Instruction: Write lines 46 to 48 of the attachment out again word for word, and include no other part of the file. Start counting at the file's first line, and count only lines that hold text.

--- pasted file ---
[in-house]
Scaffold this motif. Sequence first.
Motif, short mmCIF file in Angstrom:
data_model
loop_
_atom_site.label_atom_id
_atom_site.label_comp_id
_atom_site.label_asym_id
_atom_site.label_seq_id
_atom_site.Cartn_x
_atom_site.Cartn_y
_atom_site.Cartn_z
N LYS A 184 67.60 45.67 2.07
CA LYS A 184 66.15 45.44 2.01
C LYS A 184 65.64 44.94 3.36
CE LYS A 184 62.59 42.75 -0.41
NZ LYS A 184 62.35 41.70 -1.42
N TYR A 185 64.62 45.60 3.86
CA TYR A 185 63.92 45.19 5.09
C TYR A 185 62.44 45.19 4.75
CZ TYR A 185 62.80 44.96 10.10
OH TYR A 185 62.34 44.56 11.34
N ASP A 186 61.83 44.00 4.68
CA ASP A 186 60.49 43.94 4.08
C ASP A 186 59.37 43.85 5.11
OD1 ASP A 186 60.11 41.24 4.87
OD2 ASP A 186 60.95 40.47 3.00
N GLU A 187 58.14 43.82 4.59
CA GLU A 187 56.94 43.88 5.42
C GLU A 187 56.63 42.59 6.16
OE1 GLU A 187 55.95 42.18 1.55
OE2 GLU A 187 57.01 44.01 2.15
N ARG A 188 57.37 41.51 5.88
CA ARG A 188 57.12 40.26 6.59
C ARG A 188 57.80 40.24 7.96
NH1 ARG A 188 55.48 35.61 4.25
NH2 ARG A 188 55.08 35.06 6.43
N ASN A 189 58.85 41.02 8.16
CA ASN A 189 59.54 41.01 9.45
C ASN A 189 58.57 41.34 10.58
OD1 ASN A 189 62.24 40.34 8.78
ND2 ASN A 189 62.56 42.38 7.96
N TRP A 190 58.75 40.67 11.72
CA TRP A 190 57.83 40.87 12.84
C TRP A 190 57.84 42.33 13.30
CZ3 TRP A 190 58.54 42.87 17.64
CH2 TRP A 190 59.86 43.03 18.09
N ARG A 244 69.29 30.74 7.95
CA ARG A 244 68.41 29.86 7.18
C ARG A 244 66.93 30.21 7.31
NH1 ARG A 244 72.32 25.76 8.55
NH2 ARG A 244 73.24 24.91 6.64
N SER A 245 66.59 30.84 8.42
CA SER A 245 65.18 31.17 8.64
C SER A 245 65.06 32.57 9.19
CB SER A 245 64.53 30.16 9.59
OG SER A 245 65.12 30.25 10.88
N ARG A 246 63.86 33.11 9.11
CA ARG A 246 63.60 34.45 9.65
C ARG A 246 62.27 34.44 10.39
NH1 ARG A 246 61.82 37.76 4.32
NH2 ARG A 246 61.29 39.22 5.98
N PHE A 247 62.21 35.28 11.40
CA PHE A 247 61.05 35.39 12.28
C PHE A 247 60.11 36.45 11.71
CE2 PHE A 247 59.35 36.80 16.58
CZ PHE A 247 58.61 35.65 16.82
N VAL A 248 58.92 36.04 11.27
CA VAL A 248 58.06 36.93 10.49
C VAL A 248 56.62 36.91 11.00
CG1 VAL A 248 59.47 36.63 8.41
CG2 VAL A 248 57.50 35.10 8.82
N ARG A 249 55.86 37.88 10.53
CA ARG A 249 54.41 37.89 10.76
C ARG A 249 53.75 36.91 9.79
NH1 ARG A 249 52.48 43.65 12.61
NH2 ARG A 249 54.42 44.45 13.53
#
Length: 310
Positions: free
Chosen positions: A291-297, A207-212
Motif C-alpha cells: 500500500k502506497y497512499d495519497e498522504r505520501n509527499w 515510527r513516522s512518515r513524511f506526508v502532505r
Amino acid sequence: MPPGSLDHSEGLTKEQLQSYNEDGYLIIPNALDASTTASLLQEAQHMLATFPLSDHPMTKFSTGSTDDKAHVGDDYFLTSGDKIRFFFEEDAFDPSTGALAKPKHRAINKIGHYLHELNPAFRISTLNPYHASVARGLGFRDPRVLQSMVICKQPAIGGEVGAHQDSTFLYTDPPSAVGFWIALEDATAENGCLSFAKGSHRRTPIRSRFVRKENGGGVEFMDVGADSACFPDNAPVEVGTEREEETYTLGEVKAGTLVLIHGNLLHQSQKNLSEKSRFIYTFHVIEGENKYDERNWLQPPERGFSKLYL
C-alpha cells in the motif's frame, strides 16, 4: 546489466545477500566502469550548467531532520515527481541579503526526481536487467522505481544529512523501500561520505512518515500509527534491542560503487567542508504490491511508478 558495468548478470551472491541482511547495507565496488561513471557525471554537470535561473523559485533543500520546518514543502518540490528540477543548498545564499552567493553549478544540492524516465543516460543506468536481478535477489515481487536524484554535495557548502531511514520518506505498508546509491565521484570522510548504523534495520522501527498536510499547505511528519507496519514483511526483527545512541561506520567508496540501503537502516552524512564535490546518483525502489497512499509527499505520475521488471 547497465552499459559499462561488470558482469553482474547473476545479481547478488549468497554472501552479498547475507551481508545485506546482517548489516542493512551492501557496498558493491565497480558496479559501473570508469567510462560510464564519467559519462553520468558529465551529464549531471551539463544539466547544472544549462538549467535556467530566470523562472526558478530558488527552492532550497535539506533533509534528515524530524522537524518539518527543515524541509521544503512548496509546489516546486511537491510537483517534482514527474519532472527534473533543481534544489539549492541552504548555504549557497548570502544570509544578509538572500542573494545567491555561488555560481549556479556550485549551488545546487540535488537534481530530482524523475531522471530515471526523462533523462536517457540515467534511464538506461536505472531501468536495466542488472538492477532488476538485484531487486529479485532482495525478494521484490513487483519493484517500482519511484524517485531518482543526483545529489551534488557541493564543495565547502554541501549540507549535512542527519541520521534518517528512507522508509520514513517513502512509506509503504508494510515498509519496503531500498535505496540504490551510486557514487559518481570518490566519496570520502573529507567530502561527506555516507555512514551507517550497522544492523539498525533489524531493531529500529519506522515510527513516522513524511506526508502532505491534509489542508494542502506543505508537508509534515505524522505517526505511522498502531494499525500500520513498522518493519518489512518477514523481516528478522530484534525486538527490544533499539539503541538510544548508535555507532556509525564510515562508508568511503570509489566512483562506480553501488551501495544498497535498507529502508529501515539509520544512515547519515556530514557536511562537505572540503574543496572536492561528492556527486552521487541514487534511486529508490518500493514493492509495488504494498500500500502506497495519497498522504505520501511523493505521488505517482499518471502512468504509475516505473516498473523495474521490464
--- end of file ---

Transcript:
CZ3 TRP A 190 58.54 42.87 17.64
CH2 TRP A 190 59.86 43.03 18.09
N ARG A 244 69.29 30.74 7.95